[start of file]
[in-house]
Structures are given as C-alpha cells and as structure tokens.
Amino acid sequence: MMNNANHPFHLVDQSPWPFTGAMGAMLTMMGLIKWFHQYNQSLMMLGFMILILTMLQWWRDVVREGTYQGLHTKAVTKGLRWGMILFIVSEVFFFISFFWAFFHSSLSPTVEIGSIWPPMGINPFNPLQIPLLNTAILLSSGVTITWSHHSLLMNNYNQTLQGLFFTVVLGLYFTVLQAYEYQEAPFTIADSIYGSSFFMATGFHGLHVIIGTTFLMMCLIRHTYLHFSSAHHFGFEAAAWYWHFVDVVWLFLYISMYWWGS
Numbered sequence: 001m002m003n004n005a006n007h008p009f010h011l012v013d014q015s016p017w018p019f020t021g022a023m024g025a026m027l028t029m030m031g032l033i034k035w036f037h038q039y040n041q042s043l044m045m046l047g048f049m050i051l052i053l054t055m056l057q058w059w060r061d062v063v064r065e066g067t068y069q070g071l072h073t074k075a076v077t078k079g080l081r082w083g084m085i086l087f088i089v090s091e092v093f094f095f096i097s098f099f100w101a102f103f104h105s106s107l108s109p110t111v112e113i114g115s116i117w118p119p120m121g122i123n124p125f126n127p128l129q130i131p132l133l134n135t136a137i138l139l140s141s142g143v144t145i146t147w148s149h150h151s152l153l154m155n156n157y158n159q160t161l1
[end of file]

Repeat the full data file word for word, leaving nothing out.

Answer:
[in-house]
Structures are given as C-alpha cells and as structure tokens.
Amino acid sequence: MMNNANHPFHLVDQSPWPFTGAMGAMLTMMGLIKWFHQYNQSLMMLGFMILILTMLQWWRDVVREGTYQGLHTKAVTKGLRWGMILFIVSEVFFFISFFWAFFHSSLSPTVEIGSIWPPMGINPFNPLQIPLLNTAILLSSGVTITWSHHSLLMNNYNQTLQGLFFTVVLGLYFTVLQAYEYQEAPFTIADSIYGSSFFMATGFHGLHVIIGTTFLMMCLIRHTYLHFSSAHHFGFEAAAWYWHFVDVVWLFLYISMYWWGS
Numbered sequence: 001m002m003n004n005a006n007h008p009f010h011l012v013d014q015s016p017w018p019f020t021g022a023m024g025a026m027l028t029m030m031g032l033i034k035w036f037h038q039y040n041q042s043l044m045m046l047g048f049m050i051l052i053l054t055m056l057q058w059w060r061d062v063v064r065e066g067t068y069q070g071l072h073t074k075a076v077t078k079g080l081r082w083g084m085i086l087f088i089v090s091e092v093f094f095f096i097s098f099f100w101a102f103f104h105s106s107l108s109p110t111v112e113i114g115s116i117w118p119p120m121g122i123n124p125f126n127p128l129q130i131p132l133l134n135t136a137i138l139l140s141s142g143v144t145i146t147w148s149h150h151s152l153l154m155n156n157y158n159q160t161l1